At DeepRoot, we believe big, resilient, strong, healthy trees should be part of an ever-expanding arboreal canopy throughout all the urban areas of the planet. We want to see trees that grow to their full potential and function as part of nature’s ecosystem to mitigate air pollution, absorb noise pollution, provide color and beauty (enhancing people’s mental health), as well as instrumentally aiding in flooding abatement and managing storm and rainwater. That is a big ask. City trees need our support. Trees in cities face constraints that trees in forests or protected wilderness never do. Our urban trees need soil volume to grow deep roots, so they can live their best life. DeepRoot knows and supports this, which is why we invented, manufacture, and sell the Silva Cell system.
So why is it called Silva Cell?
Silva. Cell. sil·va | \ ˈsil-və \ ce·ll | \ ˈsel \
Silva is not a favorite type of tree, a classified soil, or even the name of DeepRoot CEO and co-inventor Graham Ray’s dog (though Sadie does indeed start with an s).
Silva is derived from the Latin word silva, meaning wood. In the mid-19th century, its usage evolved to describe a forest of trees in a certain area. “Look at the silva past the house, beyond the windmill, just before the bridge!” might have been a way to use the word in 1848.
Our dictionary friends at Merriam-Webster, Wiktionary, Collins, and WordReference define silva as:
Merriam-Webster: “The forest trees of a region or country and first used in 1848.”
Wiktionary: “‘Old Portuguese’ describing forest”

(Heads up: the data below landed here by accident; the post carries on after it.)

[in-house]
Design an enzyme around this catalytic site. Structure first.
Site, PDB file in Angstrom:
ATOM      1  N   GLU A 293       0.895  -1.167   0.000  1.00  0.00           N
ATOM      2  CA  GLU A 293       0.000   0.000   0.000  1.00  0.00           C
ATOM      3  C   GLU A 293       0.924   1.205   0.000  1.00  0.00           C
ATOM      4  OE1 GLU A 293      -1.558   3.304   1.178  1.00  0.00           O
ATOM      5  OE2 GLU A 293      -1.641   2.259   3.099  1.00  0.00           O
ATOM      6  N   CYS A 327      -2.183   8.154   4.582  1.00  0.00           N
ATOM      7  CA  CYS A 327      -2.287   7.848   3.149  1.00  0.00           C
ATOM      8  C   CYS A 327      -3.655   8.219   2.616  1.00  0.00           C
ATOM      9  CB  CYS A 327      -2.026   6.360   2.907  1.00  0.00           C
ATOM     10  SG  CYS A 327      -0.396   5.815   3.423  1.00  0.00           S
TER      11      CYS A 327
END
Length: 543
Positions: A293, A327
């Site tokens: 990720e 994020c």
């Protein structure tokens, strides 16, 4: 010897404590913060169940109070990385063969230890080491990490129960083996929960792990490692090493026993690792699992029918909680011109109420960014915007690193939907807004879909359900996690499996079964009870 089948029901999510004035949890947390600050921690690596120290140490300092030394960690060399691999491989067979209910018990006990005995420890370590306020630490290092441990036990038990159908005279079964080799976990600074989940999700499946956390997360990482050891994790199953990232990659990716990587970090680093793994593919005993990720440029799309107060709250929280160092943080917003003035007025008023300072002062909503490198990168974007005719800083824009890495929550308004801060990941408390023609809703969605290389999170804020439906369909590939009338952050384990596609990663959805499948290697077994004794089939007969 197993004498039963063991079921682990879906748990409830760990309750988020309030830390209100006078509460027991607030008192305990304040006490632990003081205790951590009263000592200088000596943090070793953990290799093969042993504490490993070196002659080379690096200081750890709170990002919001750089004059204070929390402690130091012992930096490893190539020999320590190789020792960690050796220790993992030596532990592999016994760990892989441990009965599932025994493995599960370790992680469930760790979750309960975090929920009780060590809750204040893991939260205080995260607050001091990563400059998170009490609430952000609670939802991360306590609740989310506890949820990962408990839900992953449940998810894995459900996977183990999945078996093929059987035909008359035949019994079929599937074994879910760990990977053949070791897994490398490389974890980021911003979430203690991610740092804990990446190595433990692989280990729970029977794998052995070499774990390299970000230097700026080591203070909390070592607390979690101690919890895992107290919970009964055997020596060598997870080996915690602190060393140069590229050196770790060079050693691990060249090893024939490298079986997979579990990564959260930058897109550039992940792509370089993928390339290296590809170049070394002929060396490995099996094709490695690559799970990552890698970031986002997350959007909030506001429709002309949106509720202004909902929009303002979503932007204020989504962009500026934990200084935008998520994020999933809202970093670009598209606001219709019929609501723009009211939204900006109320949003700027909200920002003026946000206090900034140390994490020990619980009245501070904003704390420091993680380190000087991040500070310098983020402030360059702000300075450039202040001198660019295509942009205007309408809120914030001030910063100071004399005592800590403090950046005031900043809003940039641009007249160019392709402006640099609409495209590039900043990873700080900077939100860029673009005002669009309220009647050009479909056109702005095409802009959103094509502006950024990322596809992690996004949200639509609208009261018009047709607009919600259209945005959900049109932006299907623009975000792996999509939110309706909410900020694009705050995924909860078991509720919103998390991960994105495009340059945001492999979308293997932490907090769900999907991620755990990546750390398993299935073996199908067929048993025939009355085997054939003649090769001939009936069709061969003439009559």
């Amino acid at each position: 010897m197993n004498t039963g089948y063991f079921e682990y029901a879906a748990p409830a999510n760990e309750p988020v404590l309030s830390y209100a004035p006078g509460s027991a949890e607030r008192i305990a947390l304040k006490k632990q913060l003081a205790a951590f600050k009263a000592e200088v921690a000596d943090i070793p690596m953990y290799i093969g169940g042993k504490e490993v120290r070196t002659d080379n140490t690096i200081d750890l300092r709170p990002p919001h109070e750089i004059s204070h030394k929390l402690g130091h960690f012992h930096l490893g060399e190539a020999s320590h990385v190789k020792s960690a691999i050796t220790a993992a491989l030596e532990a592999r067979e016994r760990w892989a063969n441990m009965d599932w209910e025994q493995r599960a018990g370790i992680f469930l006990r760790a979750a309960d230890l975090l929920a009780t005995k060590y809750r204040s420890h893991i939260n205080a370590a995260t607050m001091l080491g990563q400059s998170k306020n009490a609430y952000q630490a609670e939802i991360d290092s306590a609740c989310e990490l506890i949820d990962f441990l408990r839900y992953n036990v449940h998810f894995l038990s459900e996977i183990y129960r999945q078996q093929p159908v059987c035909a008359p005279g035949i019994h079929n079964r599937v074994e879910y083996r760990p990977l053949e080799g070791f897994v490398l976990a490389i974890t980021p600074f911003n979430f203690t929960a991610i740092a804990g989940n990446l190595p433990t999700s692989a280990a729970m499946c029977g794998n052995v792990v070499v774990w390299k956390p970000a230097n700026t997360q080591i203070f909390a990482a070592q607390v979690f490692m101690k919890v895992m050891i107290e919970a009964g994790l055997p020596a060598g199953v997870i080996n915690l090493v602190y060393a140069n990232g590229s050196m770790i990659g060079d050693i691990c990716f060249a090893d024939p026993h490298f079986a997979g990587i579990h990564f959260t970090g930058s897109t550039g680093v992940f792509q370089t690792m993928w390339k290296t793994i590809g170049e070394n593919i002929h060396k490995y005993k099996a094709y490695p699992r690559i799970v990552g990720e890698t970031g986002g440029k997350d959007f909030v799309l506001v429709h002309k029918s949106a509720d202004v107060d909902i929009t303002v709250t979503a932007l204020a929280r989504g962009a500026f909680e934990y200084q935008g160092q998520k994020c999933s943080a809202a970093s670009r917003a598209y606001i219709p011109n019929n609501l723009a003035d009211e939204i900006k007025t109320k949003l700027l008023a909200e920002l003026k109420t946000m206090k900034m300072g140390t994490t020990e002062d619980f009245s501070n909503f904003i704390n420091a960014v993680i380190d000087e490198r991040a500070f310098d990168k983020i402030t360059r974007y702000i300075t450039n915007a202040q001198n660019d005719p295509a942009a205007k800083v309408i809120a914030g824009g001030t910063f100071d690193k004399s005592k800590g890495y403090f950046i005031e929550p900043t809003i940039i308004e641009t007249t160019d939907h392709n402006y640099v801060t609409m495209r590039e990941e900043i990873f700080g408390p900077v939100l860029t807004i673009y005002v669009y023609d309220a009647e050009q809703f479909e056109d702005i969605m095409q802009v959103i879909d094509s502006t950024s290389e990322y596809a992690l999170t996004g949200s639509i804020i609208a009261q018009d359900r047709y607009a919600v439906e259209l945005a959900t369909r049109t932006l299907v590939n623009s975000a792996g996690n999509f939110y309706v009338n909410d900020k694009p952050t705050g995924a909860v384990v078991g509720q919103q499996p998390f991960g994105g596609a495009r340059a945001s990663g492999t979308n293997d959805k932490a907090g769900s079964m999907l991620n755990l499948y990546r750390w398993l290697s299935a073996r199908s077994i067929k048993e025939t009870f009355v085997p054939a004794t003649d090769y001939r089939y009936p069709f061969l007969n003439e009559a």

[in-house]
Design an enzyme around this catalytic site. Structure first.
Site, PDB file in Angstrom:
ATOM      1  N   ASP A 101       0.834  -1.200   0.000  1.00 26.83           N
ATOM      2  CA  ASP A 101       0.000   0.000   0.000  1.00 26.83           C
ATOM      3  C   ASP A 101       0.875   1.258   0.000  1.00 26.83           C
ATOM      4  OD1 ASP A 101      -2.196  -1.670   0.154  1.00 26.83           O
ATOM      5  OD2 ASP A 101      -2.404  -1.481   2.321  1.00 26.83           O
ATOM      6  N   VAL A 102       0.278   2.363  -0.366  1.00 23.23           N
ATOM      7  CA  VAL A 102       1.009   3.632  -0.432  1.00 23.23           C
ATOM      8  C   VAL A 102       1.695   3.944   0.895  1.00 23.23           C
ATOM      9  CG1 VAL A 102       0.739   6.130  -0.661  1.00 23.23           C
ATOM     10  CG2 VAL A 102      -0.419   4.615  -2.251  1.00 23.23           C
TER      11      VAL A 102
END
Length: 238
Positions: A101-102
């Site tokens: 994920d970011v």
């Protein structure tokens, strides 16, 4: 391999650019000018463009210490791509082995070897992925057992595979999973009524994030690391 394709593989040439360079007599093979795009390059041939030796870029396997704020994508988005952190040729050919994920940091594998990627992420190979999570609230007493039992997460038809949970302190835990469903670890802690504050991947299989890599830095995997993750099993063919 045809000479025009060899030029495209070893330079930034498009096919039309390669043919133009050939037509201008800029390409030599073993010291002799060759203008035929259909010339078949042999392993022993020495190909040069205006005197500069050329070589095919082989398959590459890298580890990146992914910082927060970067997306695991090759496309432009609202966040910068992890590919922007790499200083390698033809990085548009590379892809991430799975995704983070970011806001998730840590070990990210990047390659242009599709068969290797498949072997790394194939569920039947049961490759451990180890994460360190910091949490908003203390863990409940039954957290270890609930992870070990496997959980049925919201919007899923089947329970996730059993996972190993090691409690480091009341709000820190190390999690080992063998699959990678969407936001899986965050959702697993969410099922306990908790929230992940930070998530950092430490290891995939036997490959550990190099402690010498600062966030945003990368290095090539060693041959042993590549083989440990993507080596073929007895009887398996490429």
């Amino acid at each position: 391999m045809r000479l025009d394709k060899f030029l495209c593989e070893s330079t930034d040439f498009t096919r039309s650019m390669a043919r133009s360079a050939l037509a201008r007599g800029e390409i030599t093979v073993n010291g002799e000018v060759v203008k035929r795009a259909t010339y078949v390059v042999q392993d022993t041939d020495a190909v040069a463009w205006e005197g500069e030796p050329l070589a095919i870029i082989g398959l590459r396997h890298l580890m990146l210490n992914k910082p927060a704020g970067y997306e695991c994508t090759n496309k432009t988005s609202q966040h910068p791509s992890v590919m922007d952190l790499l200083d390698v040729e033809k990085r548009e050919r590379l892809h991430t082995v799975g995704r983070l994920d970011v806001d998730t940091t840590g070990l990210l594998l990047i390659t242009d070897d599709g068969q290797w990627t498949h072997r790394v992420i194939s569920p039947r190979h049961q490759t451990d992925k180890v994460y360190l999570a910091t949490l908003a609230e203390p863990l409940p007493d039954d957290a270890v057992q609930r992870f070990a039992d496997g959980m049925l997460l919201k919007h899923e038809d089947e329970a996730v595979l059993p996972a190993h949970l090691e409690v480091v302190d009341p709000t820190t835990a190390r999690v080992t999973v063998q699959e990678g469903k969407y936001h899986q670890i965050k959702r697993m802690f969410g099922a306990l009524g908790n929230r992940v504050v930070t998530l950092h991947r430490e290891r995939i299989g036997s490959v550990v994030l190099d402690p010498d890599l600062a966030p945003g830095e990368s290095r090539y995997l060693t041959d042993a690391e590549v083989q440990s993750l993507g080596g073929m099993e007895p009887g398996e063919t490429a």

Collins: “A book or treatise describing the trees of a certain area.”
WordReference: “Neo-Latin, special use of Latin silva woodland 1840–50”
Whichever reference you like, they all point back to wood and trees.
The second word in the name of our product, cell, also has meaning that ties in with our mission. Depending on the context, there could be a prison cell, a cubicle cell, a biology cell, or many other definitions. Yet all contexts encapsulate the following: a dependent, structural, fundamental, functional unit of a larger organism.
Historically/Religiously: “A small monastery or nunnery dependent on a larger one.”
Scientifically: “The smallest structural and functional unit of an organism. A small compartment in a larger structure (such as a honeycomb). The fundamental molecules of life of which all living things are composed. Structural, functional, and biological unit of all known organisms.”
Combine the definitions of silva and cell and you get:
A wood structure.
A dependent structure in a forest of trees.
A functional unit of trees.
Today, the essential definition of Silva Cell the product is: a structural unit that is fundamental to supporting a larger urban tree-centric community for our citizens, our infrastructure, air, water, birds and our mental health.
In 2020, one might use Silva Cell in a sentence like, “Hey, Taylor, I need a quote for 3,000 Silva Cells for the GC in Austin.” Or “Wow, Silva Cells made this tree grow twice as big as those trees without Silva Cells.” Even, Silva Cells are part of a resilient green infrastructure to help mitigate the effects of climate change.”
Silva Cells have been successfully used to provide support for tree roots and manage stormwater in cities across the United Kingdom, throughout Canada , small-town Iowa , and all five boroughs of New York City. They are truly a functional unit for trees no matter the region.